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|As part of a larger research effort focused on ground control, the U.S. Bureau of Mines is currently evaluating the effectiveness of using stereological analysis for characterizing mine roof strata. Input for a stereological analysis of a rock mass is best obtained by scanning (imaging) the walls of clean drill holes using a video-imaging borescope or other video device. Two classes of features are being investigated: (1) Lithologic types that comprise the overall rock mass and (2) structural discontinuities (e.g., joints, foliation, bedding planes) within a given lithologic unit. In the former, the volume fraction of a given Lithologic unit in relation to the entire rock mass can be estimated. In the latter, the mean intercept length between adjacent structures and surface area density of the geologic structures can be estimated. Examples of sampling procedures and subsequent computations are presented for several situations using information collected from drill holes in roofs of underground mines. One such example is based on the trace of a cycloid curve used as a stereological sampling path on the cylindrical wall of a drill hole. Stereological measures, such as intercept length, volume fraction, and surface area density, are explained in the context of rock mass characterization.|
Additional chapters/articles from the SME-ICGCM book Proceedings of 13th International Conference on Ground Control in Mining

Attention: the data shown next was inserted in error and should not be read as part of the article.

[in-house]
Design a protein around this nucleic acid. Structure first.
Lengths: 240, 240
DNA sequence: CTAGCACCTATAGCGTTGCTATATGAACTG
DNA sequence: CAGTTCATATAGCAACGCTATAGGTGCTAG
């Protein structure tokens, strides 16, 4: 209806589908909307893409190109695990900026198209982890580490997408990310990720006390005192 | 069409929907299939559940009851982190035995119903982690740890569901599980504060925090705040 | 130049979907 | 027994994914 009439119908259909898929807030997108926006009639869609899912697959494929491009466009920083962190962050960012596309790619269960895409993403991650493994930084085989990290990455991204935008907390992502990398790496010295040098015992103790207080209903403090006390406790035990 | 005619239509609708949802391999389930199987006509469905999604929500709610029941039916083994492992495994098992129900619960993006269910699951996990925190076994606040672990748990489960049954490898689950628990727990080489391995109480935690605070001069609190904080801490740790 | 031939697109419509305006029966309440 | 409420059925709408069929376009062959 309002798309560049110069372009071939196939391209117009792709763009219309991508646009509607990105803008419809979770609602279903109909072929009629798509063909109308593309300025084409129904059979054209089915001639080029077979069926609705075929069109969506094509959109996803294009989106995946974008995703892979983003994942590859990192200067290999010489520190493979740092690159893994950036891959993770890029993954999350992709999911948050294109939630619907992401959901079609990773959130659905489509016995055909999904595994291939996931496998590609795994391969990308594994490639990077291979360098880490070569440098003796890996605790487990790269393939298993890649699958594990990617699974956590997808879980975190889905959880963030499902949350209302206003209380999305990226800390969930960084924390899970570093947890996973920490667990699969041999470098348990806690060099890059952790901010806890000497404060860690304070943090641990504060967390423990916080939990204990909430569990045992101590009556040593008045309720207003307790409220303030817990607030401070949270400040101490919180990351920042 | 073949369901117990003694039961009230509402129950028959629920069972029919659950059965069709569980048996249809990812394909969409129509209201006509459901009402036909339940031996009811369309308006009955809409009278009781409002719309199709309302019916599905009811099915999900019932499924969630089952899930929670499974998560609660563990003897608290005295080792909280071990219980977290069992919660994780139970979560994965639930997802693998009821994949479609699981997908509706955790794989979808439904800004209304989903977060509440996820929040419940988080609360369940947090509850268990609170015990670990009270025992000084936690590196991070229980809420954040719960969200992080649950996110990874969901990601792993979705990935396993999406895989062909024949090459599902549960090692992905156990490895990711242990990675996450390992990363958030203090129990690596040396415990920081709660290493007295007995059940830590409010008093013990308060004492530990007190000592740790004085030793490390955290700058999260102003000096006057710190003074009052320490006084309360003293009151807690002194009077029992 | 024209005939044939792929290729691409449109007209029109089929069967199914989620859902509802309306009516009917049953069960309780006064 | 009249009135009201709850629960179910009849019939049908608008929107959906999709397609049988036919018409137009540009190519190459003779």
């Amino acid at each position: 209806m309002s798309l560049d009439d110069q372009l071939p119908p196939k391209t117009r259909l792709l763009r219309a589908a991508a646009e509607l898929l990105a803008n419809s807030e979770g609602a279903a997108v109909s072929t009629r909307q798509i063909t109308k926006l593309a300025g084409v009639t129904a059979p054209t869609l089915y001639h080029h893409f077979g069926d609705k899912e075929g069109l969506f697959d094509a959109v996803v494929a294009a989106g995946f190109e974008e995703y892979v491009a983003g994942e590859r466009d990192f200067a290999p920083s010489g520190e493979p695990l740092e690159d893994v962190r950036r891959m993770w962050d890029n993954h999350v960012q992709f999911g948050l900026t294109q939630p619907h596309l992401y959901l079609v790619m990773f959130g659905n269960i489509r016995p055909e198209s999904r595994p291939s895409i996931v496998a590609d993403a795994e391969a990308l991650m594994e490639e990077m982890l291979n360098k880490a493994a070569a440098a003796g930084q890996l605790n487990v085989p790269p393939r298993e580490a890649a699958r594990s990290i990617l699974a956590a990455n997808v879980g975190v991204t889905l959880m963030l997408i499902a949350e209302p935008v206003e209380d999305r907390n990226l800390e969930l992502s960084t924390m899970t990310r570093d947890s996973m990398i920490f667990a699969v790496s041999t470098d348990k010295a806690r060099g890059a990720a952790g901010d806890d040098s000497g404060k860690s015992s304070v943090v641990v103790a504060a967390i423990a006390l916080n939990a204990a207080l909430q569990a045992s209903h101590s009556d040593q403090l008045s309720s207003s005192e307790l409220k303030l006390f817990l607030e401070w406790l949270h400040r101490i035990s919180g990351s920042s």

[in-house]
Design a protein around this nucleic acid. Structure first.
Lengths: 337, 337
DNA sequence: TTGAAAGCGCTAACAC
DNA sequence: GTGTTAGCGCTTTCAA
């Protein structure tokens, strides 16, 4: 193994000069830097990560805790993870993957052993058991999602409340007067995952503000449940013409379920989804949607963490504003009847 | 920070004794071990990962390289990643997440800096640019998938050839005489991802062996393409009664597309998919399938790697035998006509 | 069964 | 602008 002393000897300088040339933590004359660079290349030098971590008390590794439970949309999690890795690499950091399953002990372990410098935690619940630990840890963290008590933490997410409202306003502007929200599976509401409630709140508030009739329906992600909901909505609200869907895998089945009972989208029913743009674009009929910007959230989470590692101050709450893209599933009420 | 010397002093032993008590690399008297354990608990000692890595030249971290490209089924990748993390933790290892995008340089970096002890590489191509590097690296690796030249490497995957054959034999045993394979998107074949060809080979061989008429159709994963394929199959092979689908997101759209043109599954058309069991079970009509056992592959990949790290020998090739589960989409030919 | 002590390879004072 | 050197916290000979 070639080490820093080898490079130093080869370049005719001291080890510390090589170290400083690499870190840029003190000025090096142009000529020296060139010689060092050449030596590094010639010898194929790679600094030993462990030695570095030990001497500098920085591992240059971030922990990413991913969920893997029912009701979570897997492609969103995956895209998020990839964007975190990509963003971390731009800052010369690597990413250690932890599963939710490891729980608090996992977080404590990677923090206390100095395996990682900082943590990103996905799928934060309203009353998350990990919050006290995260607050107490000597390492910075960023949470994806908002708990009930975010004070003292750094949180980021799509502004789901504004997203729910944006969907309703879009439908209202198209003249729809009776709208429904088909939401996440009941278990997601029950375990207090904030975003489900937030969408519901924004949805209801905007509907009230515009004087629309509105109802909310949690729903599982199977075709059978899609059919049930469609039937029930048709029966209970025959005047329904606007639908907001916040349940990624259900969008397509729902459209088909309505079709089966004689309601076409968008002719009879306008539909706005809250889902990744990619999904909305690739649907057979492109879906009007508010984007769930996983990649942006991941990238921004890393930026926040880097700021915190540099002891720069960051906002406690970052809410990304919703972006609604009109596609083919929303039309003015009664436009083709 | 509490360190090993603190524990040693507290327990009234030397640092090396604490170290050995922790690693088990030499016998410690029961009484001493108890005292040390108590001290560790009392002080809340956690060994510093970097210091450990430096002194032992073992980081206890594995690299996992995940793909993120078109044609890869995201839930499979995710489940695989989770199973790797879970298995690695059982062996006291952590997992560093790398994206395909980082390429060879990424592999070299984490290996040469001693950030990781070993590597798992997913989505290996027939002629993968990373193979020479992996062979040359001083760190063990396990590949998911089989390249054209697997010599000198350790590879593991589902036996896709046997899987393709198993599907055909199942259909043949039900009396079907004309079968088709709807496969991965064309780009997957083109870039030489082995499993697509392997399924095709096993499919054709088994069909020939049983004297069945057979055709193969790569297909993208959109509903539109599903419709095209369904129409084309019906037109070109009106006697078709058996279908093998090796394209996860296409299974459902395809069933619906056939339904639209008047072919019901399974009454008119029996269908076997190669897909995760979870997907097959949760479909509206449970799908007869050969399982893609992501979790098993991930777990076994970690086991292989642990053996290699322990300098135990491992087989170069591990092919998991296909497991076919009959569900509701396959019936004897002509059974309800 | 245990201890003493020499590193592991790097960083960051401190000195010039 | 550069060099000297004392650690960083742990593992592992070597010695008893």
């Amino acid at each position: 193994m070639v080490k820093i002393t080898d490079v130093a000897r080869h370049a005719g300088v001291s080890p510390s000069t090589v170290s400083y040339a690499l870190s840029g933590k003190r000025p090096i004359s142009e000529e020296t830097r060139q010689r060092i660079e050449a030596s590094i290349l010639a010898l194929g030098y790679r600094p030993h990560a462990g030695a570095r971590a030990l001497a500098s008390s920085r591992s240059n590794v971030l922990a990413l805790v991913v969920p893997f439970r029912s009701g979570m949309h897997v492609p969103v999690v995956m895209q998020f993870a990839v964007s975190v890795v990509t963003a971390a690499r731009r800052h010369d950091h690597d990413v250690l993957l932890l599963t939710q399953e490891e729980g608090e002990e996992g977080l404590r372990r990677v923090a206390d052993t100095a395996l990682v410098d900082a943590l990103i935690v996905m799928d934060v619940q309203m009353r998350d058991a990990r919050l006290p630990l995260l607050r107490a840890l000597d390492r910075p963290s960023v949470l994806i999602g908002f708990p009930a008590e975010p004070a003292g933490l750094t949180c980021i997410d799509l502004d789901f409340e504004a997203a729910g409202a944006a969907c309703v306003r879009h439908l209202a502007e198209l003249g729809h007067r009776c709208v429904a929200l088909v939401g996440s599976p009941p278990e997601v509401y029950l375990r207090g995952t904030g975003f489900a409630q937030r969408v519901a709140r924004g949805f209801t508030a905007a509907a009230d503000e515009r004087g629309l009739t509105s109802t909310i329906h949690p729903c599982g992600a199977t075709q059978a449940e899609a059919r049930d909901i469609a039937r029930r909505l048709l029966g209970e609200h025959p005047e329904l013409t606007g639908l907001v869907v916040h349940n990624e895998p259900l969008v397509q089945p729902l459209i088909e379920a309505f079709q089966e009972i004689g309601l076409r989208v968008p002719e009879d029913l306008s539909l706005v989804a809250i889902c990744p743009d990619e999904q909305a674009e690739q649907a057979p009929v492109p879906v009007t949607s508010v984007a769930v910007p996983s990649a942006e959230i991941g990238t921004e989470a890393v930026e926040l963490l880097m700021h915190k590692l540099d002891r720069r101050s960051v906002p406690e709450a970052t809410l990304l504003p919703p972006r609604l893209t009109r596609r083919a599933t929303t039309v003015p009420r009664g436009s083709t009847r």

|Cable Bolting - Potential Applications For Variable Strata C||Evaluation Of Support Performance In A Highly Stressed Mine||Operational Experience With FLEXIBOLT Systems In Australian||Roofbolting In The Cape Breton Development Corporation'||Some Factors Influencing Stability Of Longwall Gateroad||Design Of Roadway Support Using A Strain Softening Model||Automation Of A Progressive Failure Procedure For Analysis O||The Massive Collapse Of Coal Pillars - Case Histories From T||Time Dependent Strength Of Coal Strata For Long-Term Pillar||Yield Pillar Behavior At Jim Walter No. 7 Mine Stress And St||A Comparison Of Overburden Response Due To Longwall Mining||Longwall Ground Behavior Characteristics In The Illinois Coa||Cavability Study Of A Competent Roof - A Case Study||Roof Pressure Monitoring Using The Integrated Longwalt Autom||Longwall Production, Maintenance, And Roof Control System||The Design And Selection Of Powered Supports For Application||Tailgate Support Practice In U.S. Longwall Mines - A Survey||Influence Of Support Capacity And Geometry On Tailgate Suppo||Innovative Concept In Tailgate Entry Support: Elimination Of||Resin-Grouted Cables For Longwall Tailgate Support Stability||Tailgate Roadway Convergence: A Key Indicator Of Potential G||Assessment Of Wood And Alternative Materials For Supplementa||Experience With The Boundary Element Method Of Numerical Mod||The Fault At The End Of The Tunnel||Microseismic Monitoring In The Sydney Coalfield||Realistic Design Of Ground Control Based On Geotechnical Dat||Underground High Resolution Seismic Method As A Low Cost Alt||Pillarless Longwall Mining For Multiple Seams||Stable Entry Design In A Multi-Seam Environment||Evaluating Roof Control In Underground Coal Mines With The C||Hazard Mapping Combining Geostatistical Modeling Of Coal Min||Stereological Sampling And Analysis For Characterizing Disco||Determining Horizontal Stress Direction Using The Stress Map||Stability And Stress Evaluation In Mines Using In-Seam Seism||Hydrogeologic Effects Of Subsidence At A Longwall Mine In Th||Monitoring Railroad Response To Mining Subsidence And Assess||Study On The High-Pressure Grouting Of The Overburden For Su|